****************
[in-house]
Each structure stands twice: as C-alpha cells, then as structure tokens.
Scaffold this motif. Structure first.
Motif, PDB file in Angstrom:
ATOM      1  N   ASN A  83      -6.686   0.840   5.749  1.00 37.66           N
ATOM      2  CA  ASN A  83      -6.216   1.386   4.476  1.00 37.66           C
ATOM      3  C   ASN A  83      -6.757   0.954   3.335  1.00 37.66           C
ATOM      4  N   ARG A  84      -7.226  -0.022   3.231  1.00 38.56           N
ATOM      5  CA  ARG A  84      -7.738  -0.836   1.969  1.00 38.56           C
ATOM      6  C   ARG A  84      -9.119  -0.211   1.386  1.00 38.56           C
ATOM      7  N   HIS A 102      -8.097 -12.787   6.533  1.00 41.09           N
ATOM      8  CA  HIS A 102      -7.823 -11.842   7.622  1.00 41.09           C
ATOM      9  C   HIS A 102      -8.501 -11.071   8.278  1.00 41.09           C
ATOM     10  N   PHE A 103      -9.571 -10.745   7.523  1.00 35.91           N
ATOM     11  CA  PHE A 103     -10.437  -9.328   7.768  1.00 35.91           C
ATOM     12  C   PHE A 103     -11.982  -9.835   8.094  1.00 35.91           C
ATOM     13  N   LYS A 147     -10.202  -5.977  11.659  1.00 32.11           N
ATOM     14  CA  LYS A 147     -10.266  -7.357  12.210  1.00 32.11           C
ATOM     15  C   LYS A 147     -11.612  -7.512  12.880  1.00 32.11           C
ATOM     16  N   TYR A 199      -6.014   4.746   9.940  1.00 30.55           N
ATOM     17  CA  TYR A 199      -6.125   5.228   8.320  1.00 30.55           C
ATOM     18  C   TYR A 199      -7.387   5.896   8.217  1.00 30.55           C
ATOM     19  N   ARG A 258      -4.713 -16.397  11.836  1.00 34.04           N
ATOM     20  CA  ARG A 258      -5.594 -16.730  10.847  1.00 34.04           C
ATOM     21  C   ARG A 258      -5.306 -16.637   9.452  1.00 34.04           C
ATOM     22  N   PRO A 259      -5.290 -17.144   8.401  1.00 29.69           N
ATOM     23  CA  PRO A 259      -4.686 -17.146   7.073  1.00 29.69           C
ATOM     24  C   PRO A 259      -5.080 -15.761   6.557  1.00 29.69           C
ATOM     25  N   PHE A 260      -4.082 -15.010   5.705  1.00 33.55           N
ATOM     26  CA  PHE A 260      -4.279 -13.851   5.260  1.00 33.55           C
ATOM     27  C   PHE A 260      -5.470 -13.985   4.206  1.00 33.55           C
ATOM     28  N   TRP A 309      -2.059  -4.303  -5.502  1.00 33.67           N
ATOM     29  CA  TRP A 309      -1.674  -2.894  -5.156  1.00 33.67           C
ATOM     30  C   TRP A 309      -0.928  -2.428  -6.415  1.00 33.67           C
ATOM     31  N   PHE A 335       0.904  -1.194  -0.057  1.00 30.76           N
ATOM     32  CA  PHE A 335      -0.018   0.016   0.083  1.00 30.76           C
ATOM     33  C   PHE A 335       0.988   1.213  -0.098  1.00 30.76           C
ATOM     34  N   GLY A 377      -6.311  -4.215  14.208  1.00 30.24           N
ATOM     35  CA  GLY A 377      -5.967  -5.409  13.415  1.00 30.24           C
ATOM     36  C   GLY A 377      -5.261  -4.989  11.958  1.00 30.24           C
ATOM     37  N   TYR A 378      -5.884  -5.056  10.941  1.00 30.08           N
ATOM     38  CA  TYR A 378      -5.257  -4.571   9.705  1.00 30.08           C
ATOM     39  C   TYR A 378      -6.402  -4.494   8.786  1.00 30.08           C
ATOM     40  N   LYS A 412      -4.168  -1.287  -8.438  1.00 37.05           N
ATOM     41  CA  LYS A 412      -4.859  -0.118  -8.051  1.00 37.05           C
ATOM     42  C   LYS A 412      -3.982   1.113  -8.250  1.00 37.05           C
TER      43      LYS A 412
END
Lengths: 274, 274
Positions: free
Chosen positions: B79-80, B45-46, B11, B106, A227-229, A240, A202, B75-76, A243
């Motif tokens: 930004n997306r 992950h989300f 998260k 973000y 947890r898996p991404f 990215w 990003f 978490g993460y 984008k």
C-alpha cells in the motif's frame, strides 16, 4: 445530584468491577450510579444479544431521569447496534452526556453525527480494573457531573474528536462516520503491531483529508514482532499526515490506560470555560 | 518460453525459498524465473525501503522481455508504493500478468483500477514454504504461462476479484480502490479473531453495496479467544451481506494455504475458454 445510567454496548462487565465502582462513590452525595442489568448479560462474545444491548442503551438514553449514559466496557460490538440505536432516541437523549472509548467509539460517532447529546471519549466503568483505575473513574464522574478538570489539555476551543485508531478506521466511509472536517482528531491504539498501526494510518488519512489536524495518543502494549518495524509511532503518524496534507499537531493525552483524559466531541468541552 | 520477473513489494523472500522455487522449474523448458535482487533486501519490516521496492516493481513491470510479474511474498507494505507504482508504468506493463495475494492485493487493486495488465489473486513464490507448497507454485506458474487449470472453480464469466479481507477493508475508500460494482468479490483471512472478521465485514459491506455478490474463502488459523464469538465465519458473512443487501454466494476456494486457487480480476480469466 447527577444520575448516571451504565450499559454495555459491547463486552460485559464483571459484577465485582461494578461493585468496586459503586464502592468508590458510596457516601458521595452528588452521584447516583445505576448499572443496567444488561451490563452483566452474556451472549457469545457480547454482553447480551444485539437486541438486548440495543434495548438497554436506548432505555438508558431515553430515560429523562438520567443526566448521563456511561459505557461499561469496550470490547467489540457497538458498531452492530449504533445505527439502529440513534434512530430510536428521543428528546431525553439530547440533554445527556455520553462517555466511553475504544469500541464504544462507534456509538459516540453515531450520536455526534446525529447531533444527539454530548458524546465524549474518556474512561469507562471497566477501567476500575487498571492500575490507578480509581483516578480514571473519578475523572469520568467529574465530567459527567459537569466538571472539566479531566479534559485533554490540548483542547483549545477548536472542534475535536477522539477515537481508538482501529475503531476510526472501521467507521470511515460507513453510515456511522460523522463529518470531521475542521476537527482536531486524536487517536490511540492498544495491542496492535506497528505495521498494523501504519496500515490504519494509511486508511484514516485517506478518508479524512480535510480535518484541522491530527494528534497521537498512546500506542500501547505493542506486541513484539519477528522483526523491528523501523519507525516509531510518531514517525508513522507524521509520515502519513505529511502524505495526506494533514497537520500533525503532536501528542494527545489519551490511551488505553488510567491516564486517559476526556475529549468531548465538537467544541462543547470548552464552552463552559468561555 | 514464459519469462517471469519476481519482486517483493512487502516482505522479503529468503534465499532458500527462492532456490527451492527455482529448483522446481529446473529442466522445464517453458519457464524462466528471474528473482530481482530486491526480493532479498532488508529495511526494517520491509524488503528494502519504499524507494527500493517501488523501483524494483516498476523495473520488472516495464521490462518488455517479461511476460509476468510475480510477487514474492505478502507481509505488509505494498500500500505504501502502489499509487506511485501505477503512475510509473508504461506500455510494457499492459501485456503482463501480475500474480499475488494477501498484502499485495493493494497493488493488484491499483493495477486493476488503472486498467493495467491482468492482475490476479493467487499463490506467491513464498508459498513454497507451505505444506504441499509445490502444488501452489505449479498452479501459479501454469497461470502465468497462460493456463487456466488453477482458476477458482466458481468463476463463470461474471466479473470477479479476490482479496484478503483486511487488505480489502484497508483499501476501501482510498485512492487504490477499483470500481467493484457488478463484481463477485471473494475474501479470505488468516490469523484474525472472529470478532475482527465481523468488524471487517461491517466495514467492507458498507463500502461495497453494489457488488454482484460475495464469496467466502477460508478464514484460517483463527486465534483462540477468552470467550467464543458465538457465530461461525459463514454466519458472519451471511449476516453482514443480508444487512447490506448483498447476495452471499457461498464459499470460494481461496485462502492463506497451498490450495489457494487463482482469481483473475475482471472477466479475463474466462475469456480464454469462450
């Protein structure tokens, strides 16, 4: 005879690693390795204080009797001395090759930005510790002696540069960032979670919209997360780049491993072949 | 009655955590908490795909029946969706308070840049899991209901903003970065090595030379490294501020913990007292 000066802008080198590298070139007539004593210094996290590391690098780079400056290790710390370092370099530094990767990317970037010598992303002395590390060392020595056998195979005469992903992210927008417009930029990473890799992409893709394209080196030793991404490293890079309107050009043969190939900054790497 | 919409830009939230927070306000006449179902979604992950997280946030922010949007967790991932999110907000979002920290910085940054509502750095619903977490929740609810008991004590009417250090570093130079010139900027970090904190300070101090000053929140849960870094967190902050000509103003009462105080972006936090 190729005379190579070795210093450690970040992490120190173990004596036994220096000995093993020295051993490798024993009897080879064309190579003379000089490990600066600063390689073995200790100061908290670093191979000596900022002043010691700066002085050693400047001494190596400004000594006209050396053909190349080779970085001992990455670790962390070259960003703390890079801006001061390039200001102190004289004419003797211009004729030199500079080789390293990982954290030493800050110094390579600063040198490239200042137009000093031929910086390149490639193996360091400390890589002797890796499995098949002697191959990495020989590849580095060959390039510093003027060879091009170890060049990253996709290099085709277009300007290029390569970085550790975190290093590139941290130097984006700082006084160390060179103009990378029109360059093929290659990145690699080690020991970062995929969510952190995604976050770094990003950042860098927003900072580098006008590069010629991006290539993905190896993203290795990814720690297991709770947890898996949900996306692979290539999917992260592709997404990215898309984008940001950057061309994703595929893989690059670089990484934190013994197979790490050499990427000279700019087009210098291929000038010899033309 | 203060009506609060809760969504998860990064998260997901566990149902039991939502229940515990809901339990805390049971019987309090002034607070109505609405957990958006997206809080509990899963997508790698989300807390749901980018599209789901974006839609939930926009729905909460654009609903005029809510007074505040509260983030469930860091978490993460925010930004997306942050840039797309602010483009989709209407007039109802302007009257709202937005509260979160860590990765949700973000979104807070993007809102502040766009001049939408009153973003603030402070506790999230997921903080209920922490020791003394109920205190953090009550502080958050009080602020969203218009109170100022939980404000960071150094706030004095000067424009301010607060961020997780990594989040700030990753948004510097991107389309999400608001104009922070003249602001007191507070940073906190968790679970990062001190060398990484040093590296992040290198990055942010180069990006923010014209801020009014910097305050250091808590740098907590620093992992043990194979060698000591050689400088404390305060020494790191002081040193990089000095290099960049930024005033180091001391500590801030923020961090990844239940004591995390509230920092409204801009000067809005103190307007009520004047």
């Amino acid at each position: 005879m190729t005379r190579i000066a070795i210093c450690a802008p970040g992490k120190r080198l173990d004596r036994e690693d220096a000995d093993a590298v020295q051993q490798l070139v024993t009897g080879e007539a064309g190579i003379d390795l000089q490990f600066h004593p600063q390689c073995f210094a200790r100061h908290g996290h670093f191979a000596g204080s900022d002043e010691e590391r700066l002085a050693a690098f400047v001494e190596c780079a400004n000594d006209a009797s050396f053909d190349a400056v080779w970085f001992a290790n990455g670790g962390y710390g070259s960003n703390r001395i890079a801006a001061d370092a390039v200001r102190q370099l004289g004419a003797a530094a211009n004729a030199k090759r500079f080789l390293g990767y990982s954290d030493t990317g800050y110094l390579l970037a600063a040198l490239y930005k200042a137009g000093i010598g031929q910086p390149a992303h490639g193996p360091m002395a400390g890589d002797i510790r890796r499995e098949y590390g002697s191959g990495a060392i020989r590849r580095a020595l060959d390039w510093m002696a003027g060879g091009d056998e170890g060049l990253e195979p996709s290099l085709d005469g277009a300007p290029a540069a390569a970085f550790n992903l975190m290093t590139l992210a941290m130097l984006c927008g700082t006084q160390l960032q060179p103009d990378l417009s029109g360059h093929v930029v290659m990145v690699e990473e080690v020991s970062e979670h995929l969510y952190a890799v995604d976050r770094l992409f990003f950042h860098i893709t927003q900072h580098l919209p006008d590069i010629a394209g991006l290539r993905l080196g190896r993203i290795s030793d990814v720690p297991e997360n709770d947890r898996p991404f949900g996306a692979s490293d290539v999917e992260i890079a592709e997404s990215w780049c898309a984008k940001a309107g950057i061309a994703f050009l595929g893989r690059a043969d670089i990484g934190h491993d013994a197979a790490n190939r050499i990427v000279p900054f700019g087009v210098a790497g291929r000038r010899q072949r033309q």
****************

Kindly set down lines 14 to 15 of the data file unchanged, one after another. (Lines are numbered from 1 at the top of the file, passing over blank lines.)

ATOM     10  N   PHE A 103      -9.571 -10.745   7.523  1.00 35.91           N
ATOM     11  CA  PHE A 103     -10.437  -9.328   7.768  1.00 35.91           C